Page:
Tehnis pemakaian dari live chat ini sendiri, nanti beberapa pemain akan dituntun dan dibina oleh customer servis berkenaan kesusahan yang meliputi pertanyaan dan keluh kesah yang diterima. Di website taruhan sah, tentu saja live chat ini benar-benar menolong beberapa pemain untuk cari taktik dan strategi untuk memenangi taruhan dalam perjudian bola tersebut.

Dalam kata lain live chat ini sendiri menjadi tutor Anda saat bermain perjudian pada agen judi online. Tetapi perlu catatan, live chat di Judi Bola sendiri memakai bahasa inggris dalam operasionalisasinya . Maka dalam kata lain, memerlukan pengetahuan dan perlu dilakukan pertajam kekuatan bahasa inggris Anda dalam Lakukan live chat tersebut.

Tetapi untuk Anda yang kurang pengetahuan nya tendang bahasa Inggris Anda tak perlu cemas karena ada dengan bahasa Indonesia. Beberapa orang cuma ketahui manfaat dari live chat online tersebut cuma untuk menuntaskan permasalahan yang didapatkan beberapa pemain. Tetapi bila meneliti lebih jauh ada banyak manfaat dari live chat itu untuk menolong anda memenangi perjudian bola, yang mana diantaranya adalah:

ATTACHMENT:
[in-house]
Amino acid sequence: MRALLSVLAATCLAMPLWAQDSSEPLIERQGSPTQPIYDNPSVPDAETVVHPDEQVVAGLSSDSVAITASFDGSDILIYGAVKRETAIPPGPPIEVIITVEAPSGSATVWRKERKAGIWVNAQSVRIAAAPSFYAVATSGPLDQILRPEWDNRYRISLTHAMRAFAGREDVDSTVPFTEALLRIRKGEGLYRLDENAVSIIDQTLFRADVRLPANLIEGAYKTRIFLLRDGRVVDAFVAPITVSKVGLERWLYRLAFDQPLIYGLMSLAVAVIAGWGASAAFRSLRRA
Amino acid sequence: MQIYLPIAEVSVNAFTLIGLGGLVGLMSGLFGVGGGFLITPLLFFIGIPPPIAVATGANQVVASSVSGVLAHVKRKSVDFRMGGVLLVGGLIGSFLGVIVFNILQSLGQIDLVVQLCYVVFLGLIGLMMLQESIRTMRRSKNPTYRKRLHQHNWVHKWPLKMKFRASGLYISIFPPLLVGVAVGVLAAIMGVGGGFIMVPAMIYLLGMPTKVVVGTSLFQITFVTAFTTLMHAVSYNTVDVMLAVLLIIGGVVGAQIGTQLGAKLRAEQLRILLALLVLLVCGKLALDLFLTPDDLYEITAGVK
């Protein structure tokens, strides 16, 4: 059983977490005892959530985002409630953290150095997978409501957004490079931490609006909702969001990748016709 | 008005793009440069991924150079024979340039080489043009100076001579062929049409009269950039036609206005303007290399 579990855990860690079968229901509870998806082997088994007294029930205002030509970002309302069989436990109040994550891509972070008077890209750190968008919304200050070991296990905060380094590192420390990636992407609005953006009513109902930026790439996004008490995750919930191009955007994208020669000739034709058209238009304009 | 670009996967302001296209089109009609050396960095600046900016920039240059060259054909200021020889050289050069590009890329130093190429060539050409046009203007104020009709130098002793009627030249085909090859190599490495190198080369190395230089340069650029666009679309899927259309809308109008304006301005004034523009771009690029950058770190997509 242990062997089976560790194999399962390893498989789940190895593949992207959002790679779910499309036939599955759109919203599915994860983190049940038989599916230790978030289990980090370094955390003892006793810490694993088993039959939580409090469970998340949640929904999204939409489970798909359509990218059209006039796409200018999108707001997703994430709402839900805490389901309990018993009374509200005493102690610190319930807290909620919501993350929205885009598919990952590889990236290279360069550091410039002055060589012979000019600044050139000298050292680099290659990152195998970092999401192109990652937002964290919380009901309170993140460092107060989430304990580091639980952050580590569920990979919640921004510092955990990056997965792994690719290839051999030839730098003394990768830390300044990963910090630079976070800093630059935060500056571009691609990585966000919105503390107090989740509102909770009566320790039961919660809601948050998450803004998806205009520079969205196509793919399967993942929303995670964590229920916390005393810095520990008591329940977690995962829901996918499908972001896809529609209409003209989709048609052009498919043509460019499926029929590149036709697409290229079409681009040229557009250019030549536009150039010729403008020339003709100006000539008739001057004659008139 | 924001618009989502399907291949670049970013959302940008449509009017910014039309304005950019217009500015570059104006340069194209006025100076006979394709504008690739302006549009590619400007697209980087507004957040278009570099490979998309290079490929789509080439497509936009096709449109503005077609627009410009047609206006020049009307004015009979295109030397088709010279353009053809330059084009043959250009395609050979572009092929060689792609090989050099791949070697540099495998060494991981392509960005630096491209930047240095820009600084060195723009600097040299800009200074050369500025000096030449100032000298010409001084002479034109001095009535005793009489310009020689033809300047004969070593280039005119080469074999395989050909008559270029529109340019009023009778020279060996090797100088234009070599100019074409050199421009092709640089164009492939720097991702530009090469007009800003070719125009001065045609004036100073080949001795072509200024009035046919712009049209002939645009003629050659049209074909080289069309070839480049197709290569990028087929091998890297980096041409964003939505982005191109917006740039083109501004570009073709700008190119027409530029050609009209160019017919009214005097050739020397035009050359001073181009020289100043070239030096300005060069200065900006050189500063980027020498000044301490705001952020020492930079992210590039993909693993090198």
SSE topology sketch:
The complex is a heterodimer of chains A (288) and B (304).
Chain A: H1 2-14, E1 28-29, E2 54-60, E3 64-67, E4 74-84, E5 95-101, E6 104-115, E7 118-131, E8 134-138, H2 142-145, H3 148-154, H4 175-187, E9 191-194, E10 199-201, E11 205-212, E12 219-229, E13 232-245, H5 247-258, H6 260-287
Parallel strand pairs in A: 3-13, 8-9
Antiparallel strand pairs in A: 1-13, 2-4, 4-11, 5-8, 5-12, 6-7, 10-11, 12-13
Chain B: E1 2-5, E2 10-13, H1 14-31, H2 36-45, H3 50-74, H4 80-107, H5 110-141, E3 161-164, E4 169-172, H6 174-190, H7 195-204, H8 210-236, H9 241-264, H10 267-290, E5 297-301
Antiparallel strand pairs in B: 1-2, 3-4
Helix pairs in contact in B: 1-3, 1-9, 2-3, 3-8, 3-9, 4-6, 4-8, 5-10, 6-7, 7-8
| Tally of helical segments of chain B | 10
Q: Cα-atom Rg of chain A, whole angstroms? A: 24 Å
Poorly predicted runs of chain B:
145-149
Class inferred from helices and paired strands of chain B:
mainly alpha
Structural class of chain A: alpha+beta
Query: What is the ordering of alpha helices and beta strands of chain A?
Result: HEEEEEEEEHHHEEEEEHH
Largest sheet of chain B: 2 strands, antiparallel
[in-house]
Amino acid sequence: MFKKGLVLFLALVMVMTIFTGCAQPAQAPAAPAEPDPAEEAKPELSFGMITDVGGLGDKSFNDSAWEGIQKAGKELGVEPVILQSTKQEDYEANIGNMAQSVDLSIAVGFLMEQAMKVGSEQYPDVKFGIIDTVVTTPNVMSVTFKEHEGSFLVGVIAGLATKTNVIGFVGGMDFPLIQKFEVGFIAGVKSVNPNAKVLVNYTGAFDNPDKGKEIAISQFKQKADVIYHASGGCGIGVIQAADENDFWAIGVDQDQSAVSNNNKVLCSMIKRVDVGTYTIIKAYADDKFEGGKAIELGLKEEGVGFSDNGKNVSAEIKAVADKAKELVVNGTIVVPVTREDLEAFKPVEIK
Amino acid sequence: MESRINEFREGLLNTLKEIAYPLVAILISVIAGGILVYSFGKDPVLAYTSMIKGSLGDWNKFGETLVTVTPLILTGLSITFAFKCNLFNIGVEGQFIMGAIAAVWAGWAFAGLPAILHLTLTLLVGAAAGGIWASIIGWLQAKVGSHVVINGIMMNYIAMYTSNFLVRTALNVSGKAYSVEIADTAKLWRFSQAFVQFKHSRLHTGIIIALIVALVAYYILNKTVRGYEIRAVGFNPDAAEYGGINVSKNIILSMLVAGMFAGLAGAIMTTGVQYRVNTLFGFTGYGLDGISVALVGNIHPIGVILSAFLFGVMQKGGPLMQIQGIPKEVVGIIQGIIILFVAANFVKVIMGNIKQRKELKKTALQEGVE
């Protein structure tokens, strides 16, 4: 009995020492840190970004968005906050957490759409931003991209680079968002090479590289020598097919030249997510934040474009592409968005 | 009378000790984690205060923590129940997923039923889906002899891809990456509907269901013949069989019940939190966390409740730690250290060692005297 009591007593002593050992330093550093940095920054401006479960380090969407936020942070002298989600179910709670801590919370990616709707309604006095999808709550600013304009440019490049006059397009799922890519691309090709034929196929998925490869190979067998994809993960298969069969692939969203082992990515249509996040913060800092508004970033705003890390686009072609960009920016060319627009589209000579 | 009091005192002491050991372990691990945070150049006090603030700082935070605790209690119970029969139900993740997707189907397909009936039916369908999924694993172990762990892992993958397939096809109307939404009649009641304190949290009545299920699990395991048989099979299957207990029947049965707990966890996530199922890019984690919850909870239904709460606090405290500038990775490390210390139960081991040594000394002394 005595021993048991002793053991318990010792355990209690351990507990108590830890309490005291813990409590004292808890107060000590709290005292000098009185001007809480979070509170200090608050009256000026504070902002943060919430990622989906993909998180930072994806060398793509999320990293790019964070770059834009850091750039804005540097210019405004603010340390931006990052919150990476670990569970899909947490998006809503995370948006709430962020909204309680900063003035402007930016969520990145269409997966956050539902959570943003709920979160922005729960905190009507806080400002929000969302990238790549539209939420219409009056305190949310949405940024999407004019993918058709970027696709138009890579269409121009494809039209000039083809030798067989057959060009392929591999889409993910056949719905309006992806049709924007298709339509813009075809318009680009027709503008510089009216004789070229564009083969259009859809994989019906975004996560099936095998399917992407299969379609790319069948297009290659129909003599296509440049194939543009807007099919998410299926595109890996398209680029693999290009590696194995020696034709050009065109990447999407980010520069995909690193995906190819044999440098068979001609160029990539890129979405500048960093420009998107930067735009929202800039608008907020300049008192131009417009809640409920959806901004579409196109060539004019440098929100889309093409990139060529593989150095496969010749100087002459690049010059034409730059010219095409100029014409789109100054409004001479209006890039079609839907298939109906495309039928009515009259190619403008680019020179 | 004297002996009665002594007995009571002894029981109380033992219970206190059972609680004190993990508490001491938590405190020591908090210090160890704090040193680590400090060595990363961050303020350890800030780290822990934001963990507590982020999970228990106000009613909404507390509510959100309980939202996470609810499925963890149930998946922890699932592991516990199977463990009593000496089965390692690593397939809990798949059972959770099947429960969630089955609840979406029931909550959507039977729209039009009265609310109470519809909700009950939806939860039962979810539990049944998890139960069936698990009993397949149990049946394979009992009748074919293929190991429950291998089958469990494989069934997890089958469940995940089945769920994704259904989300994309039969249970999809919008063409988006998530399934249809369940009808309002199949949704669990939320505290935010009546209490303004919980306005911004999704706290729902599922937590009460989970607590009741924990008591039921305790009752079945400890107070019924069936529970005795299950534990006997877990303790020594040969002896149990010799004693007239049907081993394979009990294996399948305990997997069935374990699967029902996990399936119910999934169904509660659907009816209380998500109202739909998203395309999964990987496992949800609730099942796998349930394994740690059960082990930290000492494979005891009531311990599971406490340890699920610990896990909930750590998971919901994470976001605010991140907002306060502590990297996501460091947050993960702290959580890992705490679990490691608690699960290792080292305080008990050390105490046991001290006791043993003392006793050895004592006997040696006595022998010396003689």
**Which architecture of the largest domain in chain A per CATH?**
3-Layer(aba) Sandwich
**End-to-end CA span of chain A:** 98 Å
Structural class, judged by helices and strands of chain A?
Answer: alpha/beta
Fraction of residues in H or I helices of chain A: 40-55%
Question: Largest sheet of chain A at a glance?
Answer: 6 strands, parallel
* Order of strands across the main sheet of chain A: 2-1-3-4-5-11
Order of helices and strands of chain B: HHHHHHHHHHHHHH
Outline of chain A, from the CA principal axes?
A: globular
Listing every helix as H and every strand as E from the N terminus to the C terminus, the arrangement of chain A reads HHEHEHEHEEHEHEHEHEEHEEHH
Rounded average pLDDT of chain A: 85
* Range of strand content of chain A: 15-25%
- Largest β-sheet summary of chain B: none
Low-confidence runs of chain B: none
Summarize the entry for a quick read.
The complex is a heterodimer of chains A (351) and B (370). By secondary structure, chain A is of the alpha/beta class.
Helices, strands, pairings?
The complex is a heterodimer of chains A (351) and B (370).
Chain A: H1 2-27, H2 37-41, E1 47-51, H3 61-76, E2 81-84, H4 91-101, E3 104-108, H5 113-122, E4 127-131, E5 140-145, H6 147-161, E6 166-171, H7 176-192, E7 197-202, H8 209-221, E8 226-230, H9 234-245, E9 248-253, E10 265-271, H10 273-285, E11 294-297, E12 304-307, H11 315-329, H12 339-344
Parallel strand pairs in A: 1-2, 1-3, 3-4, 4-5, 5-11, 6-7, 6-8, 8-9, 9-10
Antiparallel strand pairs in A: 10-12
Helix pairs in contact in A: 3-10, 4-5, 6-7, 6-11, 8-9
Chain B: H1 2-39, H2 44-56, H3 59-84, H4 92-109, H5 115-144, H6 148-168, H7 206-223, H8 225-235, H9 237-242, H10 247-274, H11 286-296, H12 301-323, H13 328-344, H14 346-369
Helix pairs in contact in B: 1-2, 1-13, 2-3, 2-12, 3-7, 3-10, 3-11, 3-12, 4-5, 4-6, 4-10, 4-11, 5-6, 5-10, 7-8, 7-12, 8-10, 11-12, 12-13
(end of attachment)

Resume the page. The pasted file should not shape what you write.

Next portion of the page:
Hal pertama Live chat dapat dipakai umtuk menuntaskan permasalahan yang dihadapai beberapa pejudi bola saat lakukan taruhan judi online. Kedatangan Live chat ini dapat menolong Anda beberapa pemain menangani permasalahan supaya Anda dapat lancar saat bermain
Keuntungan seterusnya Live chat dapat dipakai beberapa pemain buat memperoleh info atau tahap demi tahap atau how to play dalam perjudian bola online dengan meakukan bertanya jawab dengan layanan konsumen lewat live chat. Dalam masalah ini pemain dapat menanyakan ke layanan konsumen mengenai permainan dan mengenai taktik atau strategi yang dipakai di dalam permainan supaya Anda dapat memenangi permainan itu.

Selain itu Live chat dapat dipakai beberapa pejudi bola saat lakukan registrasi pada agen judi online dengan sang layanan konsumen memberi tutorial lewat live chat tersebut.